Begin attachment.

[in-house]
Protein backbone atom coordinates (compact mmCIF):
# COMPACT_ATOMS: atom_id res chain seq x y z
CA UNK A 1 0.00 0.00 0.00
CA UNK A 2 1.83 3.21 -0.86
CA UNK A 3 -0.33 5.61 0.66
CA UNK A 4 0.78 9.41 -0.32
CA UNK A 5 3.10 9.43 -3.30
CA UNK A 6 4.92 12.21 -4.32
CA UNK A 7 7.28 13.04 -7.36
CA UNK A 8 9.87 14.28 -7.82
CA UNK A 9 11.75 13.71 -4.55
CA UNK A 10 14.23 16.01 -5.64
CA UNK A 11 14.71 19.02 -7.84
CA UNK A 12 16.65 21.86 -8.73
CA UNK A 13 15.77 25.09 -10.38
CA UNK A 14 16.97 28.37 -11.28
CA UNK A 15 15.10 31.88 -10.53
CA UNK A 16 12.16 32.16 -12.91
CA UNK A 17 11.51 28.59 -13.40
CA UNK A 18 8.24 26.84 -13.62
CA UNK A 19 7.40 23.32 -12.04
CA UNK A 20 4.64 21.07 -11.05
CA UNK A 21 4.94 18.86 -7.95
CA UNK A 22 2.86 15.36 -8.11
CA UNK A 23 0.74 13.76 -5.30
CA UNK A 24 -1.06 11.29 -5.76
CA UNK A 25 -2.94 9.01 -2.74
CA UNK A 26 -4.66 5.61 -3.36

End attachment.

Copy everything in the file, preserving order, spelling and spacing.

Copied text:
[in-house]
Protein backbone atom coordinates (compact mmCIF):
# COMPACT_ATOMS: atom_id res chain seq x y z
CA UNK A 1 0.00 0.00 0.00
CA UNK A 2 1.83 3.21 -0.86
CA UNK A 3 -0.33 5.61 0.66
CA UNK A 4 0.78 9.41 -0.32
CA UNK A 5 3.10 9.43 -3.30
CA UNK A 6 4.92 12.21 -4.32
CA UNK A 7 7.28 13.04 -7.36
CA UNK A 8 9.87 14.28 -7.82
CA UNK A 9 11.75 13.71 -4.55
CA UNK A 10 14.23 16.01 -5.64
CA UNK A 11 14.71 19.02 -7.84
CA UNK A 12 16.65 21.86 -8.73
CA UNK A 13 15.77 25.09 -10.38
CA UNK A 14 16.97 28.37 -11.28
CA UNK A 15 15.10 31.88 -10.53
CA UNK A 16 12.16 32.16 -12.91
CA UNK A 17 11.51 28.59 -13.40
CA UNK A 18 8.24 26.84 -13.62
CA UNK A 19 7.40 23.32 -12.04
CA UNK A 20 4.64 21.07 -11.05
CA UNK A 21 4.94 18.86 -7.95
CA UNK A 22 2.86 15.36 -8.11
CA UNK A 23 0.74 13.76 -5.30
CA UNK A 24 -1.06 11.29 -5.76
CA UNK A 25 -2.94 9.01 -2.74
CA UNK A 26 -4.66 5.61 -3.36